IP Addresses are a vital aspect of communication and data transferal over the internet. Think of an IP address as a Zip Code – In order for a mailman to deliver mail to your house, they require several details including the country, city, street name and Zip Code – Without a Zip Code, they will not know exactly which house is yours or which street you live on! Each house or street has a unique Zip Code that allows individuals to be identified.
An IP address allows a device connected to the internet to be identified so a connection can be established and data can be transferred. There are different types of IP address, and one such variety is the Teredo Address. When considering IP Addresses, it is important to understand what a Teredo Address is.
IP Addresses are assigned and distributed using the IPv4 and IPv6 protocols – These two protocols define the parameters of how IP addresses should be used and maintained. IPv4 is the older protocol and is slowly being replaced by IPv6. In instances where two different protocols are being used, a Teredo IP address can bridge the gap and act as a transition technology between the two. Using a Teredo IP address, IPv6 data can be effectively transferred to an IPv4 network.
A Teredo IP address contains a prefix, an IPv4 address, flags, obscured external port and obscured external address. The prefix is the first 32 bits of the address and follows the same format for each Teredo IP address. The IPv4 address that follows is a 32-bit IP address of the Teredo server that was used to initially configure the address. Flags are then used to determine what type of connection is used and how the address has been configured. Finally, the obscured external port and address are displayed to help direct the flow of traffic.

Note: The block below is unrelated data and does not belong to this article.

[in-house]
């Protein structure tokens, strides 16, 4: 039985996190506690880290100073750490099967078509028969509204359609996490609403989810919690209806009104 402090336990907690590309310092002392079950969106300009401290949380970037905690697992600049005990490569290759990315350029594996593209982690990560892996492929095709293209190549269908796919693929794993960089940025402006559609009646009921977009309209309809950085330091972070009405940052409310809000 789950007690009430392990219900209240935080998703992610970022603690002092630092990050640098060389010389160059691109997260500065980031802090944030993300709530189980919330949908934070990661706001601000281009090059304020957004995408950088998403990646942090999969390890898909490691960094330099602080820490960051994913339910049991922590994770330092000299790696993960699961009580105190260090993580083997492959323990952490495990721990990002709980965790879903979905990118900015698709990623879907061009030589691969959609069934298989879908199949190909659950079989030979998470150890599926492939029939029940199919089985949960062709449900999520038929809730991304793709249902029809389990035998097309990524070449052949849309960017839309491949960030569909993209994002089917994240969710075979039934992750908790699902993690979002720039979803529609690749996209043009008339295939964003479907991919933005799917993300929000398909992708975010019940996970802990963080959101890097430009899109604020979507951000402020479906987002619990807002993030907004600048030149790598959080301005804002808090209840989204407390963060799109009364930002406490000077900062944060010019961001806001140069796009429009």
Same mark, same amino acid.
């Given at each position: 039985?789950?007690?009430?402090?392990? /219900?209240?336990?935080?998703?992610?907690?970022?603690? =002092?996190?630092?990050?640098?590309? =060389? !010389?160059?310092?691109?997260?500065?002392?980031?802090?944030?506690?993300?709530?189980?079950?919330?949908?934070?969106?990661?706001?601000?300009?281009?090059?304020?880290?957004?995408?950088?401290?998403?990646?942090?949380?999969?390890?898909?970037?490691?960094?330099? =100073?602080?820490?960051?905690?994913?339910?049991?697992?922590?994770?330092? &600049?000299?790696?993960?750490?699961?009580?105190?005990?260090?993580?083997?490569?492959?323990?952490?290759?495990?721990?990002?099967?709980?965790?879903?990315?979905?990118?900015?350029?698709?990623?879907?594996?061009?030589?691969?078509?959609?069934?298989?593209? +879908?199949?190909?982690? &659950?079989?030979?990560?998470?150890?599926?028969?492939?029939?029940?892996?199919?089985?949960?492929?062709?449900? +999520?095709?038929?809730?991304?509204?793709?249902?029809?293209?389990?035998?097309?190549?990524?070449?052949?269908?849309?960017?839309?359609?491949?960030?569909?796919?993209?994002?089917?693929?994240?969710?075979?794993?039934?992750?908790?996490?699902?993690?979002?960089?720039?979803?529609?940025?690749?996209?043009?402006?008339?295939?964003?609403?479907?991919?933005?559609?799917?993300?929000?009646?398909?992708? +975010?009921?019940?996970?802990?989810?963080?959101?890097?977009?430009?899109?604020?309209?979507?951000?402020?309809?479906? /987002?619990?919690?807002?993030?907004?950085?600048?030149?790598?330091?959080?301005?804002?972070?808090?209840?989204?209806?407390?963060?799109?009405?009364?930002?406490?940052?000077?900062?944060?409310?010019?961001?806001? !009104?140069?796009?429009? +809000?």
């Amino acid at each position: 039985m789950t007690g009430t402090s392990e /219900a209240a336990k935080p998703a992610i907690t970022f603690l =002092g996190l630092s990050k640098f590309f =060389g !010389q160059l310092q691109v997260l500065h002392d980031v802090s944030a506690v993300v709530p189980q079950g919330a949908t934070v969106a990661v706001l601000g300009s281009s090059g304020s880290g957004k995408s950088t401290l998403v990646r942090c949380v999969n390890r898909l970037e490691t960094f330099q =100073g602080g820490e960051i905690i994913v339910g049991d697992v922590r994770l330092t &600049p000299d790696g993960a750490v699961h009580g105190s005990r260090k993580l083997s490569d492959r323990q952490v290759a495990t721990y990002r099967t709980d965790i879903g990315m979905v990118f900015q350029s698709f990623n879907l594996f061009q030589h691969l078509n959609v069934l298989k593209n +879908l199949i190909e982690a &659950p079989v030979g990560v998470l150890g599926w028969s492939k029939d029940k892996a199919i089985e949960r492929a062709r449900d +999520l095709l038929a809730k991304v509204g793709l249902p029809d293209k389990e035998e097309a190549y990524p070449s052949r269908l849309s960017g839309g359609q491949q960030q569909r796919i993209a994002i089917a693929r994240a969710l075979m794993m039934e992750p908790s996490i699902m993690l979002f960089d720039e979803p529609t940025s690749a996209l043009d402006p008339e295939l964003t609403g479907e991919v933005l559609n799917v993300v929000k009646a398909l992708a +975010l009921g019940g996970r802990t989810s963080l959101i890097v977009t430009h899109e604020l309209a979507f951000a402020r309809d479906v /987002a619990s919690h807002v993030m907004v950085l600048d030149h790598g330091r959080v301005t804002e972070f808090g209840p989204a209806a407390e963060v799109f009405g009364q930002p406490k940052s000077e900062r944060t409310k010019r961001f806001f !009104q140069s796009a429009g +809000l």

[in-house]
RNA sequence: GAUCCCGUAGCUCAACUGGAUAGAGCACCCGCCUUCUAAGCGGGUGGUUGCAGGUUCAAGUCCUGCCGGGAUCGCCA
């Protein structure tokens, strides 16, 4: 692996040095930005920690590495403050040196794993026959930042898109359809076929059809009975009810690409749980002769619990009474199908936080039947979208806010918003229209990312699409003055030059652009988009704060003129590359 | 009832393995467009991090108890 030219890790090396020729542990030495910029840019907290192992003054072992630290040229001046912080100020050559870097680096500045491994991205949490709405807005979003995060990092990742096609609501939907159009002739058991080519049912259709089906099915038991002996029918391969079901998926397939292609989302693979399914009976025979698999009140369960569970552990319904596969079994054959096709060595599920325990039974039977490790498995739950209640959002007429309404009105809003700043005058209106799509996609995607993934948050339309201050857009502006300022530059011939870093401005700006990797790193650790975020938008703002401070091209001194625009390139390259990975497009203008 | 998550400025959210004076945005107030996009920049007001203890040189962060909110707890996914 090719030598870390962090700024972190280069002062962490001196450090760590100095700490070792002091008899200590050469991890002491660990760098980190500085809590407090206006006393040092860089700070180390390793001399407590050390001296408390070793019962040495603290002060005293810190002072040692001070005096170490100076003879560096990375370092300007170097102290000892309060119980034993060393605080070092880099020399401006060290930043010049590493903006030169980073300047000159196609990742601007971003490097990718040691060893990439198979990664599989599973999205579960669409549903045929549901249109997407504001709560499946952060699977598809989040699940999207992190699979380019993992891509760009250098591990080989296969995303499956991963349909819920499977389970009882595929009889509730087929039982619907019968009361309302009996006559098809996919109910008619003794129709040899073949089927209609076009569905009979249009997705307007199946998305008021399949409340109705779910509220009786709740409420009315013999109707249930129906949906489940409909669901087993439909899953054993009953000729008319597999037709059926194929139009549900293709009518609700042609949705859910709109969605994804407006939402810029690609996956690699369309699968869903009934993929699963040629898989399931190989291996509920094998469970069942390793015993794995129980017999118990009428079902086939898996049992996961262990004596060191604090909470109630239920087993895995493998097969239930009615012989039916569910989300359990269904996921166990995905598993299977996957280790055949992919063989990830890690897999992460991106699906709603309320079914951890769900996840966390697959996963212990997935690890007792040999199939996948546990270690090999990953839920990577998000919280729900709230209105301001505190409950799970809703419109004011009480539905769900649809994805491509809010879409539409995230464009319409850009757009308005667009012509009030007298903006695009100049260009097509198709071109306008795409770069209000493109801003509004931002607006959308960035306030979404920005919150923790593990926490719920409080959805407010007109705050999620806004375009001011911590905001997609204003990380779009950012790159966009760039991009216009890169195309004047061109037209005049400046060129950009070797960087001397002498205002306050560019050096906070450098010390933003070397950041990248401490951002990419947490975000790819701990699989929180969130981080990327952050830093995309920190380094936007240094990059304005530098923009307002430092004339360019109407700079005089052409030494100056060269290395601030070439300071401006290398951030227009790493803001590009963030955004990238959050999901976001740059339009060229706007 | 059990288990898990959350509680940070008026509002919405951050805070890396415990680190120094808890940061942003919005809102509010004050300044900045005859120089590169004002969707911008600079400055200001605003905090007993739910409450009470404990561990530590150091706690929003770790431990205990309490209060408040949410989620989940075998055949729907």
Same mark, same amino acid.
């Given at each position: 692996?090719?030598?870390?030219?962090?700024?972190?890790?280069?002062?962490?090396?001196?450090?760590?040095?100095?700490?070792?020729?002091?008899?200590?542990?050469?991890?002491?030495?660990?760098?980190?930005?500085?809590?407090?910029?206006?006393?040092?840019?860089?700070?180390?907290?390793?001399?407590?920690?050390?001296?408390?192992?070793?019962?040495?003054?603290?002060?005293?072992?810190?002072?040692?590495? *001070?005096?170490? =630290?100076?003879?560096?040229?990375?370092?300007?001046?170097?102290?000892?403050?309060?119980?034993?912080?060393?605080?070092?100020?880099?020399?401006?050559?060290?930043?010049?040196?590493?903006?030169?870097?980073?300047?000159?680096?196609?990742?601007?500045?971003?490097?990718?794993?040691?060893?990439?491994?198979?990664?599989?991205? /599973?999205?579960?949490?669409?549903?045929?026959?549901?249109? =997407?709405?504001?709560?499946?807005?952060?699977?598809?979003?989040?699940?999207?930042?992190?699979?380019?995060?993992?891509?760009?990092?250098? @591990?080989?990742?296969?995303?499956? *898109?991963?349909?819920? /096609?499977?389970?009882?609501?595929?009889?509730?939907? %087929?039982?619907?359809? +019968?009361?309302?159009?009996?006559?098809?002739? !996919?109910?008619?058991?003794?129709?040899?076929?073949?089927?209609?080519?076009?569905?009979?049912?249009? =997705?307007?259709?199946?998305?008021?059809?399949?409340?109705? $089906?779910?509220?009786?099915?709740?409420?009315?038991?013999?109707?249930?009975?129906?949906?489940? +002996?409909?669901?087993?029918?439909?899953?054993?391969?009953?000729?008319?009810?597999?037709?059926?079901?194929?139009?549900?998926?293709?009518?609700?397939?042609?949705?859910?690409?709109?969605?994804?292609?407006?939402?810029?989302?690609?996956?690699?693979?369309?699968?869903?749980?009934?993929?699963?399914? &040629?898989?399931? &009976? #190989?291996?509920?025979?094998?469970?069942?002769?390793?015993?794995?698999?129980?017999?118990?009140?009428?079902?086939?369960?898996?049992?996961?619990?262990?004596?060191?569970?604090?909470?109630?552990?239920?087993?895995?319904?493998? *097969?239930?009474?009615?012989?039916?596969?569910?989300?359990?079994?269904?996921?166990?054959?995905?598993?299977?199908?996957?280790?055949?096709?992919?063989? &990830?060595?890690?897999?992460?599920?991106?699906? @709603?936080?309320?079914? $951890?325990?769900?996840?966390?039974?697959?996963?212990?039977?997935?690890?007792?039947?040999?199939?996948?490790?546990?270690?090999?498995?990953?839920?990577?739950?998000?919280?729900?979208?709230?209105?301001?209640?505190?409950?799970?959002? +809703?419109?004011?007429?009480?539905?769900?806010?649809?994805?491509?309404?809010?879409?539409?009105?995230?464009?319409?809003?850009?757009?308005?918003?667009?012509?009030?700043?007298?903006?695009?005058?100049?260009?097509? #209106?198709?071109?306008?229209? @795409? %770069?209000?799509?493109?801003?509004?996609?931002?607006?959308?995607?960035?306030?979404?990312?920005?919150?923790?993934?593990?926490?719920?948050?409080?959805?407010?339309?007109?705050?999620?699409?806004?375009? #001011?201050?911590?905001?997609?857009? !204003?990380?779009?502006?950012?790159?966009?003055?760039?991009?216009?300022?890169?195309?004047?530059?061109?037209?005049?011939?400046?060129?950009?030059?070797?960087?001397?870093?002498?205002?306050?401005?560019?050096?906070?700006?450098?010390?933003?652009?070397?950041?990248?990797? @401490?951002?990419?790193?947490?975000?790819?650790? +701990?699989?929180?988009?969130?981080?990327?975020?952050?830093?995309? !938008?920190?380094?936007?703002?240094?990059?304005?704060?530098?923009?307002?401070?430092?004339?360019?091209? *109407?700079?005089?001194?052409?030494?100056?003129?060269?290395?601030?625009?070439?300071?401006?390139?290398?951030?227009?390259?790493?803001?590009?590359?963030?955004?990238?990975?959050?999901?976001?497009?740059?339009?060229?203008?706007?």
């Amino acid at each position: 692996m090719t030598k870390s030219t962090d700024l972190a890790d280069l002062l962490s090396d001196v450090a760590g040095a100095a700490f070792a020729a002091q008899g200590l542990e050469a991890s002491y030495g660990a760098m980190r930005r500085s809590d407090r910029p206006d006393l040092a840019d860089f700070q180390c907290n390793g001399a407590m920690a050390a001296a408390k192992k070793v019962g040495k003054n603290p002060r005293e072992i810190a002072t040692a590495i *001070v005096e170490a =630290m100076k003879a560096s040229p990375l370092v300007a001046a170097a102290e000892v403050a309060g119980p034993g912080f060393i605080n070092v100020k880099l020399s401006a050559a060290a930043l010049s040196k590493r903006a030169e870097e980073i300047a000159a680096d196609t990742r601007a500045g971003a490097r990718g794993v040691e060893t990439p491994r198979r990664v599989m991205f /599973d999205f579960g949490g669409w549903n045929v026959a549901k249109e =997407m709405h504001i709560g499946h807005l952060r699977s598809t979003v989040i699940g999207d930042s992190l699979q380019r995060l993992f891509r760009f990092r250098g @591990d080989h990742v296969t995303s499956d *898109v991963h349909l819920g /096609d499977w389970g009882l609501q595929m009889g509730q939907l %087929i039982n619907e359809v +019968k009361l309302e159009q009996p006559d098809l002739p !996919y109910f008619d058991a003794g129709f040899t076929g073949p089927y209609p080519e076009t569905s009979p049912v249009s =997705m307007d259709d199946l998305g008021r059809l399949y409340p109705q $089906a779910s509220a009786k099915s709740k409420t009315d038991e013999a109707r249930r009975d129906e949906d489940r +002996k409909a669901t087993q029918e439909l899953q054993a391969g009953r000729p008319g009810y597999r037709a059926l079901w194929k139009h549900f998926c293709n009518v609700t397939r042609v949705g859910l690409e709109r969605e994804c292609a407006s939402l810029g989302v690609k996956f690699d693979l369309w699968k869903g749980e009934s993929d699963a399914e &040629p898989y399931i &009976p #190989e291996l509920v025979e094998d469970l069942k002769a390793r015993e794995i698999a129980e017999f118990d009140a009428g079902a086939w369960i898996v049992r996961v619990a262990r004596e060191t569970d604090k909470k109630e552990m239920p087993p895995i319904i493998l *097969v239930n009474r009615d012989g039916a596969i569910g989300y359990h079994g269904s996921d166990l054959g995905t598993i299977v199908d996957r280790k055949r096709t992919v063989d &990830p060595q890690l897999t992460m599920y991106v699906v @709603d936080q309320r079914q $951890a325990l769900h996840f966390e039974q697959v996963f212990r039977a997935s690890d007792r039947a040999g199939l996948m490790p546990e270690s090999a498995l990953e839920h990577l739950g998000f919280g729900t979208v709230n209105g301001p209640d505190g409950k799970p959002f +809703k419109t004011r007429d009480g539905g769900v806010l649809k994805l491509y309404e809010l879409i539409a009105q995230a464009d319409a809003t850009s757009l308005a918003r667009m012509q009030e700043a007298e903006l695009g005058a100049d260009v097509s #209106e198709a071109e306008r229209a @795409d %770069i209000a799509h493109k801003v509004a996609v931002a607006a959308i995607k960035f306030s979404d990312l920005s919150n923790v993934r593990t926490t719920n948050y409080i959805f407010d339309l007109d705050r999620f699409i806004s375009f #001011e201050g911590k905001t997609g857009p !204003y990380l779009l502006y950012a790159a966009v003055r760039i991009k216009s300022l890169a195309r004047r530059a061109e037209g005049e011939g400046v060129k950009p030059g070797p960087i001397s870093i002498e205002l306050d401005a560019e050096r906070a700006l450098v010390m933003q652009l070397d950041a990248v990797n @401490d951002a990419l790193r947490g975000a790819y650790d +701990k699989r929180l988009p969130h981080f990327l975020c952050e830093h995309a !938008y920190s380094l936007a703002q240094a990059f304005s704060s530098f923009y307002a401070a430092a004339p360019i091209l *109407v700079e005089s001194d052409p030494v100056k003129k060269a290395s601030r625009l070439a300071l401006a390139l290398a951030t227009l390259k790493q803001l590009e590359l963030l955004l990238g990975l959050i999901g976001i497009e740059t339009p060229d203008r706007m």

The Teredo infrastructure contains several different components to allow the IP addresses to be created, maintained and distributed. Firstly, there is the Teredo client which operates as a node that allows the transferal of Ipv6 data packets. Secondly, there are Teredo Servers which are connected to the internet using both IPv6 and IPv4. Servers facilitate the transferal of data and the initial configuration of Teredo nodes. Aside from the servers and clients, there also exists a network of Teredo Relays. Each relay facilitates communication between IPv6 hosts and Teredo clients.
Without the Teredo system, we would effectively have two parallel strands of the internet operating in unison but entirely separately – Ipv4 and Ipv6 would remain separate entities. Teredo IP addresses and the Teredo system is vital for the interoperability of these two protocols and to allow communication between the two. Furthermore, Teredo aims to reduce the complexity of transition technologies and provide a convenient and easy to use alternative that developers can easily adjust to.
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